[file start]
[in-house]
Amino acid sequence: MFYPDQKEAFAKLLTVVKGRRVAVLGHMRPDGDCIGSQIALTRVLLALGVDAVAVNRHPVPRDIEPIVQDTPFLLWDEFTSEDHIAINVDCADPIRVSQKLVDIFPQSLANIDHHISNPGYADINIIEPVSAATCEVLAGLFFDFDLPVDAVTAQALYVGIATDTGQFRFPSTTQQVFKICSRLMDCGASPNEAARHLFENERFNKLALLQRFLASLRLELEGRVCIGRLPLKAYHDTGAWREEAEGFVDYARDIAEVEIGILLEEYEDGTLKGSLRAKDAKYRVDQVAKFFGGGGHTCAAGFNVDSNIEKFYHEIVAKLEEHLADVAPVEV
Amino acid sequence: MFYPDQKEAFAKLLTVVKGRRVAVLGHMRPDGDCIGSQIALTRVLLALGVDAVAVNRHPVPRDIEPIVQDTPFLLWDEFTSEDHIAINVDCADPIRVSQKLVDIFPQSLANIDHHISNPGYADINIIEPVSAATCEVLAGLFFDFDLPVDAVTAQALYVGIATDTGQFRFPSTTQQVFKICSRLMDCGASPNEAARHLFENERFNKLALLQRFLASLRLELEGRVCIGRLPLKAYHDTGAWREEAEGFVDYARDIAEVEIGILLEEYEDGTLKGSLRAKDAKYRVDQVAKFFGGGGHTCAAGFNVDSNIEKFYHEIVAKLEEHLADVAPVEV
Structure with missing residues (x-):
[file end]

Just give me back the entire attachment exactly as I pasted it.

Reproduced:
[in-house]
Amino acid sequence: MFYPDQKEAFAKLLTVVKGRRVAVLGHMRPDGDCIGSQIALTRVLLALGVDAVAVNRHPVPRDIEPIVQDTPFLLWDEFTSEDHIAINVDCADPIRVSQKLVDIFPQSLANIDHHISNPGYADINIIEPVSAATCEVLAGLFFDFDLPVDAVTAQALYVGIATDTGQFRFPSTTQQVFKICSRLMDCGASPNEAARHLFENERFNKLALLQRFLASLRLELEGRVCIGRLPLKAYHDTGAWREEAEGFVDYARDIAEVEIGILLEEYEDGTLKGSLRAKDAKYRVDQVAKFFGGGGHTCAAGFNVDSNIEKFYHEIVAKLEEHLADVAPVEV
Amino acid sequence: MFYPDQKEAFAKLLTVVKGRRVAVLGHMRPDGDCIGSQIALTRVLLALGVDAVAVNRHPVPRDIEPIVQDTPFLLWDEFTSEDHIAINVDCADPIRVSQKLVDIFPQSLANIDHHISNPGYADINIIEPVSAATCEVLAGLFFDFDLPVDAVTAQALYVGIATDTGQFRFPSTTQQVFKICSRLMDCGASPNEAARHLFENERFNKLALLQRFLASLRLELEGRVCIGRLPLKAYHDTGAWREEAEGFVDYARDIAEVEIGILLEEYEDGTLKGSLRAKDAKYRVDQVAKFFGGGGHTCAAGFNVDSNIEKFYHEIVAKLEEHLADVAPVEV
Structure with missing residues (x-):